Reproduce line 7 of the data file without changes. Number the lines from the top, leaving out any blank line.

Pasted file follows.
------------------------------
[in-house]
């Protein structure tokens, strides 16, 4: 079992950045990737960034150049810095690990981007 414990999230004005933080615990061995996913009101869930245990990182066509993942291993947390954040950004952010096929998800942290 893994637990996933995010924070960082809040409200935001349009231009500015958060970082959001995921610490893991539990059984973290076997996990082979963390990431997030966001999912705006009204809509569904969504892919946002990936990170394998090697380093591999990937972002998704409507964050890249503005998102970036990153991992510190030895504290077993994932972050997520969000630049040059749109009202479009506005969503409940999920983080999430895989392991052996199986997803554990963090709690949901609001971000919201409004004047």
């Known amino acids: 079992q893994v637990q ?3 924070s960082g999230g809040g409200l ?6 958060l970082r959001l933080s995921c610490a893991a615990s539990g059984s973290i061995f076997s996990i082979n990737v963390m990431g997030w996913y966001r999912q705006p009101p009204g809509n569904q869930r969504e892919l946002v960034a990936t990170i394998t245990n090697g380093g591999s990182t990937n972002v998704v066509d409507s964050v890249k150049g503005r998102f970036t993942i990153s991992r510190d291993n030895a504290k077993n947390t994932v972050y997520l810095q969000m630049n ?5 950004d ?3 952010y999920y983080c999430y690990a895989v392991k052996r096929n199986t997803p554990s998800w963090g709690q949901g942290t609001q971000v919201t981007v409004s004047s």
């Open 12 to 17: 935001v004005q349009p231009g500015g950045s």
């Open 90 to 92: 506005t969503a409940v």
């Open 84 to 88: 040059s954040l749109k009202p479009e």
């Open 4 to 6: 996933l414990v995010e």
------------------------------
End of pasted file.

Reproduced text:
């Open 4 to 6: 996933l414990v995010e």